Alfa has been in the doldrums of late, two mainstream models have propped up the brand for nearly a decade. But the comeback has begun, spearheading the resurgence is the Giulia.
Now you’ve probably heard of the Giulia due to the Ferrari derived V6 Quadrifoglio version. This firebreathing Biturbo variant pumps out 503 bhp and can hit 62 in 3.9 seconds.
We didn’t get that one.
What we did get is the most potent mainstream version on offering, that you know, semi-sensible people will buy as a daily or rep mobile.
This one is powered by a 2.0-litre turbocharged petrol engine packing 280 horses. It will sprint from a standstill to 62 in 5.7 seconds. That’s quick. It’s called the Veloce.
I’ve not met a single person that dislikes the way the Giulia looks. It’s a quintessential Italian masterpiece.
All the proportions are perfect, it sits low, hunkered down, it’s pointed nose featuring just a matte chrome V. Some mean daytime running lights frame the front end perfectly, as do the huge great intakes at the bottom of the front bumper.
Its derrière is just as delectable. A deep rear diffuser is met with substantial oval exhausts pushed out to the edges, in fact, I dare say this set up looks meaner than that of the Quadrifoglio. There’s no rear spoiler here, but it doesn’t need one.
The Veloce screams subtlety without uttering a sound. It’s the perfect sleeper.
Rarely do you come across a well-sorted saloon when it comes to handling. Alfa Romeo has hit the nail on the head with the Giulia. A peek under the bonnet shows a similar suspension setup to that of the Jaguar XE, suspension set at an angle, engine pushed far back in the bay.
On the open road, you can throw the Giulia into a corner without it so much as thinking of getting onto its sidewalls. Pushing the speed ever higher and still it grips. There’s not even so much as a squeal from the tyres as they hang on to every last atom of asphalt.
Steering is also well sorted in this age of numbness. Granted it’s still without feel, but the urgency and directness is quite incredible for a saloon. It reacts instantly with a heft that’s on point.
Now you can’t turn off the ESP in the Veloce. This is no hoonigan mobile, but you only find it stepping in when you’re on the limits. Too much speed, or flooring it on a loose junction will make the little flashing light appear.
Quite a few owners have commented on how intrusive the system is, but it could only be activated on the edge of grip in our Veloce.
Mashing the throttle early on in a corner isn’t met with that flashing guardian angel, it’s met with grip and acceleration. You can get on the power so early, it makes the Veloce feel like a real Italian sports car.
Performance is blisteringly fast, especially when you switch into manual mode. Here you can have full control over the 8-speed auto ‘box. When it hits the red line, it just stays there. Perfezionare.
As with all Alfa Romeo’s you get the DNA switch, Dynamic, Natural and Advanced Efficiency. Around town in ‘N’ everything is silky smooth, Dynamic heightens the gearbox, throttle and steering for when things need to get done. ‘A’ is the most chilled mode, designed to save fuel. We didn’t use that one much. I doubt you will either.
All that superb handling and performance is down to the ridiculously low kerb weight. The Guilia tips the scales at just 1,429 kg, that’s the same as the last gen Fiesta ST 2. Plastic front wings and boot help achieve that bantamweight figure, the latter being a bit on the wobbly side when you give it a slam.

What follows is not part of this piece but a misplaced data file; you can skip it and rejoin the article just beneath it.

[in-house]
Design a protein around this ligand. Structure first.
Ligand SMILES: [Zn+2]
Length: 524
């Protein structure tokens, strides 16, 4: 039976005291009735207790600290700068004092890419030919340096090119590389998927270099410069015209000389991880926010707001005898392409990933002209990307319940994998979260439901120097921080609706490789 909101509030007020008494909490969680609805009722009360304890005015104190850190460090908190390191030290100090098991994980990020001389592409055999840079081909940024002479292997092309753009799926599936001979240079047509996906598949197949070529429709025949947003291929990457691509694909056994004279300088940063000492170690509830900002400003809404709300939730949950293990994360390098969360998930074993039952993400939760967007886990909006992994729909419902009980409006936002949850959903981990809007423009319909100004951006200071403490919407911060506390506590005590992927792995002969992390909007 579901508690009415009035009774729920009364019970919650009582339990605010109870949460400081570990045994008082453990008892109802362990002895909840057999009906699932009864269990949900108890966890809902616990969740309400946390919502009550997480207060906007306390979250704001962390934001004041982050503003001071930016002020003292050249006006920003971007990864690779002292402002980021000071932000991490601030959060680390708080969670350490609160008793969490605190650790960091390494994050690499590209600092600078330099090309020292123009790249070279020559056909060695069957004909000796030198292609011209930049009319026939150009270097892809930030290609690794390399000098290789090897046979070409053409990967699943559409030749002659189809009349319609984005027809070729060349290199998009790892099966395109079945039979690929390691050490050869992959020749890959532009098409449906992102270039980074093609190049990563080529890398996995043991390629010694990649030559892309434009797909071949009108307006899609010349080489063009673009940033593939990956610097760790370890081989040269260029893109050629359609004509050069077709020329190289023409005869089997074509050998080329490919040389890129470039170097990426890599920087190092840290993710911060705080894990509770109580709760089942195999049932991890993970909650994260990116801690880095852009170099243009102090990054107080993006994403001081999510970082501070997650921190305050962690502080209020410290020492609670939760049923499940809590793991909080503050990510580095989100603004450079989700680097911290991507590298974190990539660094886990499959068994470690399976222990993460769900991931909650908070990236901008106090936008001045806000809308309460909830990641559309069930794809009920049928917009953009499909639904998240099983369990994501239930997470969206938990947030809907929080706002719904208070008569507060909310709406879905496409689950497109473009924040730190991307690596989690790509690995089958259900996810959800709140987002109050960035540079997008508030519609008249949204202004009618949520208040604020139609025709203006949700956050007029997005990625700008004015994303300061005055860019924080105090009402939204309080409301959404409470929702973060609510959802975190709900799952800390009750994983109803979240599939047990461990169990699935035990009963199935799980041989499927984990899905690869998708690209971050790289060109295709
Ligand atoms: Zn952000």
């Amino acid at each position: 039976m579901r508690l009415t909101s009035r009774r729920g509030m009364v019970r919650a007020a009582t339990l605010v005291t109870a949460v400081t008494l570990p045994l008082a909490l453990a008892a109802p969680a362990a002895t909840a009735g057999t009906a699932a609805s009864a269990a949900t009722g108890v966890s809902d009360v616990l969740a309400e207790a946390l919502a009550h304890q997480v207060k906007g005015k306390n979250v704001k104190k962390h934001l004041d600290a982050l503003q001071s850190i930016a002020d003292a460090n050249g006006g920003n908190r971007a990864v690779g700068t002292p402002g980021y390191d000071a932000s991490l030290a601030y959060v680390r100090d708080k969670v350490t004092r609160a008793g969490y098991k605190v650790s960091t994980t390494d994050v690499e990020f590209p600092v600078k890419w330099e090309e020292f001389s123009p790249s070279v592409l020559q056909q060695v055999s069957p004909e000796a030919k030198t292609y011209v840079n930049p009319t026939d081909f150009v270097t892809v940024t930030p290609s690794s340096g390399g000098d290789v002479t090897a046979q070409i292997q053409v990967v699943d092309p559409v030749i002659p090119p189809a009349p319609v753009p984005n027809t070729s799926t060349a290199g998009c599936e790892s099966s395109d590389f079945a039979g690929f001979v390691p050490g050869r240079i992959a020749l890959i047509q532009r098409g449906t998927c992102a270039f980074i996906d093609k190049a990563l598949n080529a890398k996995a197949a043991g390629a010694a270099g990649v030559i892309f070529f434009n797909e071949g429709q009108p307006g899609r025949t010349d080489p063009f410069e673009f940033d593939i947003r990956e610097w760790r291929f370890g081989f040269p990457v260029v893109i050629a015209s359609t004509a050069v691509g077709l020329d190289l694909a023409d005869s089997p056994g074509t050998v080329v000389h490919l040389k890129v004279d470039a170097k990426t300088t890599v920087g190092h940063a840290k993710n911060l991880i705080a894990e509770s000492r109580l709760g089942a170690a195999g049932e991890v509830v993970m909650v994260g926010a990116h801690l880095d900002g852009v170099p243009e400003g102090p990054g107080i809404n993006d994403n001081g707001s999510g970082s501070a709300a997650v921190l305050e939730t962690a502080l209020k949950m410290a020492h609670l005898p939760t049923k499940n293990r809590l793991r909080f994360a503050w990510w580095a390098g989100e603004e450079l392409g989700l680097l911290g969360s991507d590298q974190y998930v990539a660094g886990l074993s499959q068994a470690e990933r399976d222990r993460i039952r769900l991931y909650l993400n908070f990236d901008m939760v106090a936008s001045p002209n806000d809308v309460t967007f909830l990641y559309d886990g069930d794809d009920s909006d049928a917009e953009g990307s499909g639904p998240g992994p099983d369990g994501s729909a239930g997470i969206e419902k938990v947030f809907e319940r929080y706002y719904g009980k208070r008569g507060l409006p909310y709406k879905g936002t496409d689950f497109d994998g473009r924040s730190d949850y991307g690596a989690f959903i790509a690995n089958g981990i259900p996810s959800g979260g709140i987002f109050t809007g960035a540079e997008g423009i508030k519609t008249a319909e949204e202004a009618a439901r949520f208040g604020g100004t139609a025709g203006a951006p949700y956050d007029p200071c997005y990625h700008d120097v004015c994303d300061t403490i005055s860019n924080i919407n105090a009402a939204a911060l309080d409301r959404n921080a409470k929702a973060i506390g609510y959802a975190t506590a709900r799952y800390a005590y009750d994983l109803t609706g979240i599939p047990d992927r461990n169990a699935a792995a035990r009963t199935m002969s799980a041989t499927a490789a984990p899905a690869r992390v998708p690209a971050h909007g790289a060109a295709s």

Once inside this Italian you’ll find a pretty minimalist centre console, the only controls at your fingertips are for the heating system while the infotainment is all dial controlled from just behind the gearstick.
A touchscreen would have been nice, as would a full screen. When switched off the large matte black area looks to be the infotainment system. When the car is switched on however you find that it’s just a portion of that. A small rectangular screen sits behind it. You can’t help but think that if this were in a BMW or an Audi the whole real estate would be juicy LCD goodness.
Behind the steering wheel, you’ll find large metal paddles for when you want to attack the tarmac, the size makes them easy to locate, and the fact they’re metal is a delight. Metal paddles aren’t even standard on an F-Type you know.
A start button on the steering wheel makes it all the more race car inspired.
Then there’s the top of the dash. Which just looks like a trophy hunter has cut the arse out of an elephant and laid it before you.
It’s a real let down as the rest of the plastics are fine-grained and of high quality, but for some reason, Alfa saw fit to clad the Giulia in some early 90’s mock elephant hide.
Please fix this for the facelift.
Rear seat space is on the tight side, the middle seat sits on the transmission tunnel, so there’s no leg room at all unless you spread eagle. Knee room is on the slim side, but an average sized adult can sit in there with ease, as long as the driver isn’t a giant.
Boot space is the same as BMW, Audi and Merc have to offer at 480 litres
Alfa have hit a home run when it comes to driving dynamics, the Veloce is easily on par with the handling characteristics of the ever lauded 3 series. It also has a crispness to the steering that BMW seem to lack of late.
That interior is a bit of a letdown, a few minor changes and it could be up there with the likes of Audi and Merc in terms of tech offering. Some of the textures aren’t the best either, fingers crossed these will be fixed in time.
But just look at those exterior lines. You have to have one for looks alone, couple those with the handling and you can forgive the few minor interior niggles.
Don’t drive German, drive Italian.